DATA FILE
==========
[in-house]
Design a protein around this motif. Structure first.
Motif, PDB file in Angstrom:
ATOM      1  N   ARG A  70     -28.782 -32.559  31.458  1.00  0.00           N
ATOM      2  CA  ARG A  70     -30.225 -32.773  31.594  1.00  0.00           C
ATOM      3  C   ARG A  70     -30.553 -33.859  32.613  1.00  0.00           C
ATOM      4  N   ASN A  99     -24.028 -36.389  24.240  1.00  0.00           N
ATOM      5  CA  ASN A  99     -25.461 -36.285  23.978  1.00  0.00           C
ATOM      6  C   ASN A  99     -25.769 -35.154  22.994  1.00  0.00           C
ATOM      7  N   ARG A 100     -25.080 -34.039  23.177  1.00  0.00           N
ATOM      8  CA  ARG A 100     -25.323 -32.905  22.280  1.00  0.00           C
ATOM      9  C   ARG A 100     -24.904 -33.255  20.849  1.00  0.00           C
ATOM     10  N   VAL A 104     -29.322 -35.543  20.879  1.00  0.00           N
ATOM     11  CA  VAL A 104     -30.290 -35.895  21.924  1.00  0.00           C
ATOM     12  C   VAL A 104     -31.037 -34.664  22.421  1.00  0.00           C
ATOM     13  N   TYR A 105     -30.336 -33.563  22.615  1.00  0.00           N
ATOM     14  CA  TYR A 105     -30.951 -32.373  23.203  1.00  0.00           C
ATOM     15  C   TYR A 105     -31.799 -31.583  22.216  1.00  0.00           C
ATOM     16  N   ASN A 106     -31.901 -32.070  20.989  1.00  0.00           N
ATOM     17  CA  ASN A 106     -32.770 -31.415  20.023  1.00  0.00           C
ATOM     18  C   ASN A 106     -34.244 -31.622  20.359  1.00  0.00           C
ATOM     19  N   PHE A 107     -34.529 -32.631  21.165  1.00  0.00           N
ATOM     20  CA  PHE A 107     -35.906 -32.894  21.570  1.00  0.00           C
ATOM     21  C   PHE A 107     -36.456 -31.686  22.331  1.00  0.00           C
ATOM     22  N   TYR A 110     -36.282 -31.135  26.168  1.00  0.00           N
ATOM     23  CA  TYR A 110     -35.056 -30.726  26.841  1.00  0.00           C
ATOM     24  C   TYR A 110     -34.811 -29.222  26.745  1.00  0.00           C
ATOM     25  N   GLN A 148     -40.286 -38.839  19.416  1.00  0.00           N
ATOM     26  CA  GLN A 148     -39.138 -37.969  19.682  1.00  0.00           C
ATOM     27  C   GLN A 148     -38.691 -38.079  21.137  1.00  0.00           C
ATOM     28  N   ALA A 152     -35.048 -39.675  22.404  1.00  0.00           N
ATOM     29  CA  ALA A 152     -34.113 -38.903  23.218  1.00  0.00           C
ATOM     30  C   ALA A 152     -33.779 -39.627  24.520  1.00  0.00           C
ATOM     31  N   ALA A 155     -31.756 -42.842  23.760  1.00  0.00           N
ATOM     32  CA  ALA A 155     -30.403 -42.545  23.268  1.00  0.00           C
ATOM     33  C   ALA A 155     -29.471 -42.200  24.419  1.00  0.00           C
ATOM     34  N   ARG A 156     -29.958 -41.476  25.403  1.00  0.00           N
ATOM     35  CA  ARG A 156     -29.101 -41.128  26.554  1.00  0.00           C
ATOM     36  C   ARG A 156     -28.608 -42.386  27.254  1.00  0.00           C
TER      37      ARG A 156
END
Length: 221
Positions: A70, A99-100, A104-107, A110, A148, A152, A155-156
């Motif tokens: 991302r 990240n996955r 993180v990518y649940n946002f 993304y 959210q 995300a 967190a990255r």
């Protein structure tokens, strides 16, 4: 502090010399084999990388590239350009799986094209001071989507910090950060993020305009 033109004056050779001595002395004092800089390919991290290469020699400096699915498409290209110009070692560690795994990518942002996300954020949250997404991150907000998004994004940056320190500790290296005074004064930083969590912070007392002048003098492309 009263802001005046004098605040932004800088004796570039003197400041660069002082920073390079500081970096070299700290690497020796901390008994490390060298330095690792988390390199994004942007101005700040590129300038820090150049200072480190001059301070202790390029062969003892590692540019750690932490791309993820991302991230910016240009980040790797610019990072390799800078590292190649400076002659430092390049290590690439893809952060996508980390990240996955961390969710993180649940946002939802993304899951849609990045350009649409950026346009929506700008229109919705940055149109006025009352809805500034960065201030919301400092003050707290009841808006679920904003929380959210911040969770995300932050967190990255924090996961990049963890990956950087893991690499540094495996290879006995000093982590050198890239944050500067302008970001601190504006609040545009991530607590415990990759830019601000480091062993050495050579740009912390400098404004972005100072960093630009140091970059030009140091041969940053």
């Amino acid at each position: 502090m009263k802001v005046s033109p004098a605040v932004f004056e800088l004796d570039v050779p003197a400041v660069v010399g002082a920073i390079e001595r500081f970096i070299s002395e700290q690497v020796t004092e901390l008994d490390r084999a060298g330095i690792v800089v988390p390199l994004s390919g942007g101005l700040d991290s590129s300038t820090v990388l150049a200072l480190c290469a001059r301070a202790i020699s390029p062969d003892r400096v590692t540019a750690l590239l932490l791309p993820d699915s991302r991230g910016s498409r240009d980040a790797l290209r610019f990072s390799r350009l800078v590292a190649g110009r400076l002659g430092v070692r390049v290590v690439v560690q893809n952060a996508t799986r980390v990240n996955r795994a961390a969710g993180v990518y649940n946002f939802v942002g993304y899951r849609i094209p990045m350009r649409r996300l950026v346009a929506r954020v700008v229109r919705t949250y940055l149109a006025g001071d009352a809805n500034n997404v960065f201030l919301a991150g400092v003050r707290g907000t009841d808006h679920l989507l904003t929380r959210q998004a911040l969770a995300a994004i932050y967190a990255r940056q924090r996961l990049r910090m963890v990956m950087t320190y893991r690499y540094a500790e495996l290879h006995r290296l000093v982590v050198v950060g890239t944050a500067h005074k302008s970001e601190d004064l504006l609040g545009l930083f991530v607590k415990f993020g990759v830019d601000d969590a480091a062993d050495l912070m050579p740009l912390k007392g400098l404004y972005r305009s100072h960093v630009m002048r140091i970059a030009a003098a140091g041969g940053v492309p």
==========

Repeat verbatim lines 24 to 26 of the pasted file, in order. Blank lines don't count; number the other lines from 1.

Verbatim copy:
ATOM     21  C   PHE A 107     -36.456 -31.686  22.331  1.00  0.00           C
ATOM     22  N   TYR A 110     -36.282 -31.135  26.168  1.00  0.00           N
ATOM     23  CA  TYR A 110     -35.056 -30.726  26.841  1.00  0.00           C